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What we know about 3 new suspects in the Boston bombings

New suspects faced charges in a Boston courtroom


 

A courtroom sketch shows defendants Dias Kadyrbayev, left, and Azamat Tazhayakov. (Jane Flavell Collins/AP)

There were new developments in the Boston Marathon bombing investigation Wednesday, as police announced they had three additional suspects in custody after the two bombings near the finish line of the marathon on April 15. The bombs killed three and injured more than 250 others.

Until Wednesday, police had named only two suspects: Tamerlan Tsarnaev, 26, who was killed during an altercation with police on April 18, and his younger brother, Dzhokhar Tsarnaev, 19, who remains in a federal prison. Tsarnaev has been charged with using a weapon of mass destruction and malicious destruction of property resulting in death.

The three new suspects: Azamat Tazhayakov, Dias Kadyrbayev and Robel Phillipos appeared in a Boston courtroom Wednesday to face charges.

Here is what is know about the men:

Dias Kadyrbayev: A friend of Tsarnaev, who was studying engineering at University of Massachusetts. A native of Kazakhstan, Kadyrbayev, 19, was in the United States on a student visa. He allegedly texted Tsarnaev when he saw images released by the FBI that looked like his friend. Tsarnaev’s response, according to a FBI affidavit that was unsealed: “Lol, you better not text me” and “Come to my room and take whatever you want.” According to the affidavit, Kadyrbayev entered Tsarnaev’s room, along with Tazhayakov and Phillipos. The affidavit alleges that he saw empty fireworks containers in a backpack when he went to Tsarnaev’s room and that he removed it, along with a laptop computer. He threw the fireworks and the bag in a garbage bin, the affidavit alleges. The information in this affidavit has yet to be proven in court.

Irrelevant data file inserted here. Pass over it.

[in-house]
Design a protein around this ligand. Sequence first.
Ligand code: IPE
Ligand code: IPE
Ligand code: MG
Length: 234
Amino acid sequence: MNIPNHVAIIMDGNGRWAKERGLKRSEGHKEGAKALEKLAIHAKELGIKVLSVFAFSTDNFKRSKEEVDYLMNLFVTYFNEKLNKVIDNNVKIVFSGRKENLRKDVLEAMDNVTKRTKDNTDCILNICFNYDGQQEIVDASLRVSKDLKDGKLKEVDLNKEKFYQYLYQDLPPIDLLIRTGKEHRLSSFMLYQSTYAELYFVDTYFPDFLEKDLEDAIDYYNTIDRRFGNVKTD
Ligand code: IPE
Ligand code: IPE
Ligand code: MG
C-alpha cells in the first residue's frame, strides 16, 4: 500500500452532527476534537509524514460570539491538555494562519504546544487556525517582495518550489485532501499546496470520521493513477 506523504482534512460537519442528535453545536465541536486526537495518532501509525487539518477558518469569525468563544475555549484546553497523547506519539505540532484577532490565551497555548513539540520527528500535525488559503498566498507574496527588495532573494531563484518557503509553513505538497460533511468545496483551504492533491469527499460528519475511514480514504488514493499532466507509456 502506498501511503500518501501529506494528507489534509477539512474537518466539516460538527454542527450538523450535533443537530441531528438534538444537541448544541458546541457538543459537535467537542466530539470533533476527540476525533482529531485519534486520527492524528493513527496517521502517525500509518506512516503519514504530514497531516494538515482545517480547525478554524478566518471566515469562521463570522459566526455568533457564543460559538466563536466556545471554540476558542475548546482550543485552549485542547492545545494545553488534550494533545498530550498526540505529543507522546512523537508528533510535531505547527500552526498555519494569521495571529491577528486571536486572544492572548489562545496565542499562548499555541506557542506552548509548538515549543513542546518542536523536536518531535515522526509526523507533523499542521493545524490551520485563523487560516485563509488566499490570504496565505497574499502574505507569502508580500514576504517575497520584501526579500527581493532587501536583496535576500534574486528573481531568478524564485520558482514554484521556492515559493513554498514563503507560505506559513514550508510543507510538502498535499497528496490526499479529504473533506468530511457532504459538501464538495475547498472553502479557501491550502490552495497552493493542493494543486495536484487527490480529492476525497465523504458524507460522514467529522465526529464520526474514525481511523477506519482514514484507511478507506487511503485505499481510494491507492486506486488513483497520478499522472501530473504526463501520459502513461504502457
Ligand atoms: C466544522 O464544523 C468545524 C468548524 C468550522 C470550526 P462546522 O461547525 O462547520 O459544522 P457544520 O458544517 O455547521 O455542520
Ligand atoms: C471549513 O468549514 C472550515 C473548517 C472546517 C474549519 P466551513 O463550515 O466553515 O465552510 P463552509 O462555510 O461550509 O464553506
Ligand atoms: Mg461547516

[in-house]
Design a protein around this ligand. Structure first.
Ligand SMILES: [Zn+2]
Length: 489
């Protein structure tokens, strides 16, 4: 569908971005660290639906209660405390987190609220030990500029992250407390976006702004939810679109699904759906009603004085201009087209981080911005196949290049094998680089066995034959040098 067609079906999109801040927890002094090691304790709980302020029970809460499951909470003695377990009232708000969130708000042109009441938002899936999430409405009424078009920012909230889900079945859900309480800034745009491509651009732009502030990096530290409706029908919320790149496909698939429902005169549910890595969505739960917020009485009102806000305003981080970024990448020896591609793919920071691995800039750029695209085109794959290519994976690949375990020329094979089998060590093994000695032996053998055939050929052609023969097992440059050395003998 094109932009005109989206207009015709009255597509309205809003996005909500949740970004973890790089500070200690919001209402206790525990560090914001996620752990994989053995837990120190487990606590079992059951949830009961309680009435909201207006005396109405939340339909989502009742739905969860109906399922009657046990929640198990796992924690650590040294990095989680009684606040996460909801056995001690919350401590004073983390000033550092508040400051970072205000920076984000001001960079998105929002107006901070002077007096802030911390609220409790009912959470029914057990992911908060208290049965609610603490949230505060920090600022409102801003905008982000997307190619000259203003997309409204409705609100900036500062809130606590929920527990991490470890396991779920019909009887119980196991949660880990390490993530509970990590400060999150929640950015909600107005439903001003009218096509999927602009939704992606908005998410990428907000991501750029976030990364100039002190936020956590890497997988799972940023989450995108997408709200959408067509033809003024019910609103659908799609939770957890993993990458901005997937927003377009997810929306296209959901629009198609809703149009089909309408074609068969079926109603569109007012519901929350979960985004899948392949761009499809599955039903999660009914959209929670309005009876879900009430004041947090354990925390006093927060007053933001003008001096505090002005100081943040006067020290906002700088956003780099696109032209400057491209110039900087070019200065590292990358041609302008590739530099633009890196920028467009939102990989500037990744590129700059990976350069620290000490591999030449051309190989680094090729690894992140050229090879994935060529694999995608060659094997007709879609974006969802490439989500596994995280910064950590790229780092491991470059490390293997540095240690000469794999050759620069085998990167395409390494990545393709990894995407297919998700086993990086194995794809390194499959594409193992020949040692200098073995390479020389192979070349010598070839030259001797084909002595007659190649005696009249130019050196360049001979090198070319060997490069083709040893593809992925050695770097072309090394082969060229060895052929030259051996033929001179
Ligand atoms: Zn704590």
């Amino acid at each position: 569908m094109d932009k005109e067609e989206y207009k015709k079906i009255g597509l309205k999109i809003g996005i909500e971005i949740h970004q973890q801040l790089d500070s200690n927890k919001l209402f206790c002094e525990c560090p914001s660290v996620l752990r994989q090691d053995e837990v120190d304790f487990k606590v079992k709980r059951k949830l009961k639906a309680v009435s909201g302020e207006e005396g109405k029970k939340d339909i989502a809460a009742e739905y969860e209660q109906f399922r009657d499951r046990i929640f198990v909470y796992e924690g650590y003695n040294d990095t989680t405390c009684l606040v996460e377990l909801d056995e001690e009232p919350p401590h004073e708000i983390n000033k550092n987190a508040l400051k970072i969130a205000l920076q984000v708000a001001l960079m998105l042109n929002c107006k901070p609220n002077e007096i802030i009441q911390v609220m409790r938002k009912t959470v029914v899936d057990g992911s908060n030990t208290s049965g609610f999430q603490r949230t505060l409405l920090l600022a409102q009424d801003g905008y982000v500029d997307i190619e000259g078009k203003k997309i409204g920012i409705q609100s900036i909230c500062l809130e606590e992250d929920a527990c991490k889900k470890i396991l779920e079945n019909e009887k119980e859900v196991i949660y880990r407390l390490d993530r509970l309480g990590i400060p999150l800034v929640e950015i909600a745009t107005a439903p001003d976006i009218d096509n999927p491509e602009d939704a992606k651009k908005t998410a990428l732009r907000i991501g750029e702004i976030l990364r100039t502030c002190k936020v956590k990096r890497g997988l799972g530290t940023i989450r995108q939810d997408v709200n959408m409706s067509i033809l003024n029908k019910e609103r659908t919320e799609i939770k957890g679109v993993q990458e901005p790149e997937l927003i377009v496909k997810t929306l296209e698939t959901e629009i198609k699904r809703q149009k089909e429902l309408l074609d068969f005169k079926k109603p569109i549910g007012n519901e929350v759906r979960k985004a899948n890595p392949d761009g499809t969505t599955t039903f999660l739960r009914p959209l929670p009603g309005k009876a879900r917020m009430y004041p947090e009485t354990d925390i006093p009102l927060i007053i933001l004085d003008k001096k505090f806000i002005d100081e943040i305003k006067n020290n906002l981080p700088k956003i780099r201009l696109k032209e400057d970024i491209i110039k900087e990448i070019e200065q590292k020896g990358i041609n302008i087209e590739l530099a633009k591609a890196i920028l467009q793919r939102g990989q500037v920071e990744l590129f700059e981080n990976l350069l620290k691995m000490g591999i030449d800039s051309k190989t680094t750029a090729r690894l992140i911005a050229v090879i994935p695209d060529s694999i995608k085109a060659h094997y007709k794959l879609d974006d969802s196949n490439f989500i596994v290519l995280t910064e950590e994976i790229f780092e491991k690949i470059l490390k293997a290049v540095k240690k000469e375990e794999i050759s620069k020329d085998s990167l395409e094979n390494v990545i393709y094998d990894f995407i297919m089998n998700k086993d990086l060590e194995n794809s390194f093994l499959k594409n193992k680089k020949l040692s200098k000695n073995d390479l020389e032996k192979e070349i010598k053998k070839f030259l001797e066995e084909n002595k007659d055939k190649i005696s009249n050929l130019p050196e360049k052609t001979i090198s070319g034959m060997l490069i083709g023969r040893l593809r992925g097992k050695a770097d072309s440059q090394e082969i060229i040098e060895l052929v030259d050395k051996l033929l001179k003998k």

A statement from the University of Massachusetts released Wednesday afternoon said Kadyrbayev was not enrolled as a student. The Boston Globe says that he was enrolled in 2011, but was expelled for having poor grades.

Kadyrbayev was charged with obstruction of justice on Wednesday. His lawyer, Robert Stahl, says his client is innocent. “He is just as shocked and horrified by the violence that took place in Boston as the rest of the community is,” Stahl told reporters Wednesday. “He did not have anything to do with it.”

If convicted, Kadyrbayev faces a maximum sentence of five years in prison and a $250,000 fine, reports The Boston Globe.

Azamat Tazhayakova: Another 19-year-old Kazakh friend of Tsarnaev, who also studying at University of Massachusetts on a student visa. He was roommates with Kadyrbayev and was also charged with obstruction of justice on Wednesday. A statement from the University of Massachusetts released Wednesday afternoon said that Tazhayakov was currently enrolled as a student, but he had been suspended pending the outcome of the trial.

Tazhayakov’s attorney, Harlan Protass, also spoke to reporters, saying that his client “feels horrible and was shocked ?to hear that someone he knows” is a suspect in the bombing.

Prior to these charges, both men were in jail for nearly a week, as authorities said they had violated their student visas. Neither Kadyrbayev nor Tazhayakova requested bail and they will remain in custody until their next hearing on May 14, reports The Associated Press.

If convicted, he faces a maximum sentence of five years in prison and a $250,000 fine, reports The Boston Globe.

Robel Phillipos: Graduated from Cambridge Rindge and Latin High School in 2011, in the same class as Dzhokhar Tsarnaev. Phillipos, 19, was also attending college at University of Massachusetts and is a resident of Cambridge, Mass. He was charged with making false statements to law enforcement officials in a terrorism investigation on Wednesday. A release from University of Massachusetts Wednesday afternoon said Phillipos was not currently enrolled. The Boston Globe reports that he withdrew after the fall semester for unknown reasons.

If convicted, he faces a maximum of eight years in prison and a $250,000 fine, reports The Boston Globe.


 
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